There have been a few major developments.
One has been around understanding how to use RNA, which is inherently unstable chemically, it is naturally designed to have a very short half life.
Learning how to stabilise it more, and how to actually protect it by encapsulating it in special lipids and things like that, has been quite a big technolological advance.
That's helped us manufacture it, then store it so it can be delivered in a form that can stimulate the immune system, and actually get inside cells.
Another big leap has been in identifying what's needed to get that RNA inside the cell, because if it's outside it, it can't actually do anything to stimulate an antibody response.
Do you see this vaccine being the new standard? Or will there still be a place for our traditional types of vaccines?
First, I need to point out very strongly that we do not know yet whether these RNA vaccines really will actually stimulate long-term immunity in a person.
And there could still well be a place for those traditional protein-based vaccines.
Protein vaccines are easy to administer, and suitable for developing countries without health infrastructure like fridges for storage. RNA vaccines will always have a problem in terms of their stability around manufacturing, storage and transport.
If the RNA vaccines can be made to overcome those obstacles, they will be the best.
That's because no matter what pandemic occurs - or no matter what infectious agent comes along - they offer a very fast and effective way of quickly designing and manufacturing a vaccine against something we have never seen before.
Also, they may ultimately be easier to manufacture and involve less additional components, or adjuvants, to boost the immune response.
There's already some misinformation out there around mRNA vaccines and genetic engineering. Why is this not the same as genetic modification?
Because the vaccine does not do any genetic modification to the cells of our body.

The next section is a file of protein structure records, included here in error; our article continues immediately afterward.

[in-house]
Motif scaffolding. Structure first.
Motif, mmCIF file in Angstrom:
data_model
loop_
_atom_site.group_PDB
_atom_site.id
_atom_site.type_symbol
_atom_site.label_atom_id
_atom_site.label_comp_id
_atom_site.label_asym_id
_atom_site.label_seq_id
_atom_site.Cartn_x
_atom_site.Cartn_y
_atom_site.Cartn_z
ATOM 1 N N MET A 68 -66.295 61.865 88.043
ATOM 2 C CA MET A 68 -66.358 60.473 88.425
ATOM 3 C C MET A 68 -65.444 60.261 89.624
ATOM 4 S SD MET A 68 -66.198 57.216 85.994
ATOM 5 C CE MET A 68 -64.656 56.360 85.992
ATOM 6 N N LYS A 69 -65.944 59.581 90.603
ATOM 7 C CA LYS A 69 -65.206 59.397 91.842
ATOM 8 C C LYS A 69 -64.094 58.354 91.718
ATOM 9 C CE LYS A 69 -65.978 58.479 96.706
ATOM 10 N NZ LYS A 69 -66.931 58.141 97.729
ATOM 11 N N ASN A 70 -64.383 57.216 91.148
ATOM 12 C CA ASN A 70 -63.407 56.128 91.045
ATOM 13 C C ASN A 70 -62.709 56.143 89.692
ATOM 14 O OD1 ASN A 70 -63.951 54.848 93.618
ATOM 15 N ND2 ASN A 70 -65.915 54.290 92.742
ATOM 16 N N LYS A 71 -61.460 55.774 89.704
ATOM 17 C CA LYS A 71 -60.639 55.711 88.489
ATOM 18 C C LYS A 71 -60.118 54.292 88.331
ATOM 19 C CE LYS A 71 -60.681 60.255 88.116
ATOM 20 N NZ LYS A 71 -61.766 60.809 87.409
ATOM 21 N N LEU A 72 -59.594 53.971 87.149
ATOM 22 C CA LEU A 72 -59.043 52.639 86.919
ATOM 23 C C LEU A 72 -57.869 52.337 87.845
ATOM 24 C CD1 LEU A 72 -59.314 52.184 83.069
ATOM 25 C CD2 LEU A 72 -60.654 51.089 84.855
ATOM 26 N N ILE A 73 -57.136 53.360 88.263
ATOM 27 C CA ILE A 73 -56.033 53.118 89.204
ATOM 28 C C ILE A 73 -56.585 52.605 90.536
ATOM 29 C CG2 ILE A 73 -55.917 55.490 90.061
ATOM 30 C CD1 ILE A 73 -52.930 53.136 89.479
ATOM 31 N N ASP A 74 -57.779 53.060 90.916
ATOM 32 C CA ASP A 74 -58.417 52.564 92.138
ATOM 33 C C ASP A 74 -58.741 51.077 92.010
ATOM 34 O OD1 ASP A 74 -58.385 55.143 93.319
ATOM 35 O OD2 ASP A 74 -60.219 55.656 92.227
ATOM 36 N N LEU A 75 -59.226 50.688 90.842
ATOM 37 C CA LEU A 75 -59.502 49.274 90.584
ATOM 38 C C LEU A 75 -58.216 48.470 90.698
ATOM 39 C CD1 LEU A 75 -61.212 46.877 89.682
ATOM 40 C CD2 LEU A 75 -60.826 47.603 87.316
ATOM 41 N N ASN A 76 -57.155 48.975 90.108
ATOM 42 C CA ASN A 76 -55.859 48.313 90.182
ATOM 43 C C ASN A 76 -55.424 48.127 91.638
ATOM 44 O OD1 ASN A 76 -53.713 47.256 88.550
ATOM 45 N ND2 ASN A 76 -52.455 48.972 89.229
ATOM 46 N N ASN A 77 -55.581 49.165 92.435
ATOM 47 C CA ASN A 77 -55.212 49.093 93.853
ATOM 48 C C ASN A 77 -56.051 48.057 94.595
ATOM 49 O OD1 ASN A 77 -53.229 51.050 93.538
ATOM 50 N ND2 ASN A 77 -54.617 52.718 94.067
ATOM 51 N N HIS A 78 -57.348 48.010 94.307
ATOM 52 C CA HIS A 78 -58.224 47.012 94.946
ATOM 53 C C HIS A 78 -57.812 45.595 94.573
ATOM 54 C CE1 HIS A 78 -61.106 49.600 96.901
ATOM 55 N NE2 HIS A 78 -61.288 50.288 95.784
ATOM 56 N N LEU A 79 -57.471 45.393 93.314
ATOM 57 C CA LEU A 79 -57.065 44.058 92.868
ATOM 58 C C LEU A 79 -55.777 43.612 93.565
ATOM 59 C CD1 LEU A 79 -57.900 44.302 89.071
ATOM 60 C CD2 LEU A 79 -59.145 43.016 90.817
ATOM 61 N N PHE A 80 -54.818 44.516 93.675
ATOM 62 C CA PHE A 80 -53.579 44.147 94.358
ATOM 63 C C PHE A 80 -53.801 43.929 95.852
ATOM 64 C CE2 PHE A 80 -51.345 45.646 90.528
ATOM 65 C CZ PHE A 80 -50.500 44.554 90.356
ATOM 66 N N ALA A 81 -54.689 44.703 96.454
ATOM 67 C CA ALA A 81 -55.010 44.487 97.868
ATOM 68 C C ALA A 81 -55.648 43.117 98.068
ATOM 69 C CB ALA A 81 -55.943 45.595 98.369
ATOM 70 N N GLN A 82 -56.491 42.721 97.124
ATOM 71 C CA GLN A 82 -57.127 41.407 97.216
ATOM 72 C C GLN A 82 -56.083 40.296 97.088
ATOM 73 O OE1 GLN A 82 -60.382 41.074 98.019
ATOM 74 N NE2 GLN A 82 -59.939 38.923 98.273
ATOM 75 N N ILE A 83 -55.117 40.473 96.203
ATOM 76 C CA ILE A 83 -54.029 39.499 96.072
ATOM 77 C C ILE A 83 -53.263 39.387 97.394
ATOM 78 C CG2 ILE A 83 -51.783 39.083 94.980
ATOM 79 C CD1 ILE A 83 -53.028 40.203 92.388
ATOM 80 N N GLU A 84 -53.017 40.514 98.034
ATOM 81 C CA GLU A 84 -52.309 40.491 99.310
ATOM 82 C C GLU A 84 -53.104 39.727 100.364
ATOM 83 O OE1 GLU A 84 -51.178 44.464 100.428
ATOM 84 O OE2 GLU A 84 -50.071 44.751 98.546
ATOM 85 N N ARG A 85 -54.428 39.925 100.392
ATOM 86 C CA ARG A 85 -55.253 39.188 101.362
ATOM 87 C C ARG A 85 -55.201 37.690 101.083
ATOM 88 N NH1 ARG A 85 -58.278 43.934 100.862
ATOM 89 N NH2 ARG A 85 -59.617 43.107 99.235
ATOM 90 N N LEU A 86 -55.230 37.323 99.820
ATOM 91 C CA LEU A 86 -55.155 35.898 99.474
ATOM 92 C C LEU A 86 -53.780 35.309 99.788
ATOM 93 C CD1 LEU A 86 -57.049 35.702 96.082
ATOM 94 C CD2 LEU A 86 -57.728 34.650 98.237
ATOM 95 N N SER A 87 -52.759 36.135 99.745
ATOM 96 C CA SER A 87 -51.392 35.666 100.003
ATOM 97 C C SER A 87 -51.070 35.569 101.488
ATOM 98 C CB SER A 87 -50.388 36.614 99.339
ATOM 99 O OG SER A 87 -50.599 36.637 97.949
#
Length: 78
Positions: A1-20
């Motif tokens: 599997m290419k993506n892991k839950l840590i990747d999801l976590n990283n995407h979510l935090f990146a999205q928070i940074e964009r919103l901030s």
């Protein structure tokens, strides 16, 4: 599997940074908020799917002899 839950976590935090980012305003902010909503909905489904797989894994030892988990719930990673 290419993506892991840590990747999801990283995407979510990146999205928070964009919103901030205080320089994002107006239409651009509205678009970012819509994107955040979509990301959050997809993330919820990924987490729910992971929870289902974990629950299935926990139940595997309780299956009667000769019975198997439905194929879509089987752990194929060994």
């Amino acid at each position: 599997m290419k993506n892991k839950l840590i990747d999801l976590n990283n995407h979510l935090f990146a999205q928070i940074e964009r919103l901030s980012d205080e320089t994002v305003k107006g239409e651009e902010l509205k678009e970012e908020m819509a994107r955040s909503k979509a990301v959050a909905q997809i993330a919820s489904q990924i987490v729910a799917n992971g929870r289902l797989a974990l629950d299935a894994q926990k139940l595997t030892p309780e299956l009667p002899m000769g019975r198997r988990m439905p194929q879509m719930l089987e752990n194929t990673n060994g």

The RNA vaccine is simply a component of the virus that is only able to transiently produce specific viral proteins in a cell of our body, just as a virus would, but without the side effects.
The RNA vaccines have no ability to integrate with the DNA, or change the DNA of the host.
The RNA vaccine just uses the cellular machinery of our body like the common cold virus uses in an everyday infection.
What else might we be able to target these vaccines against?
This technology was originally based around trying to make a cancer vaccine.
The recent development that has gone into RNA vaccine for Covid 19 could mean that we have now learned enough that we can go back to that big one - how to create vaccines for all of those solid tumours that we have no solution for at the moment.
But I think using it to deal with all sorts of infectious agents would also be good.
Whether it could work against parasites isn't clear, but there's certainly much to suggest it'll be effective against viruses.
If it passes those tests, then the global population will have a robust, modern way of making vaccines that could surpass our current 30-year-old technology for the seasonal influenza, which remains a major burden on the world.
RNA vaccines could eventually end up being a wonderful solution to some of the major global health issues we face.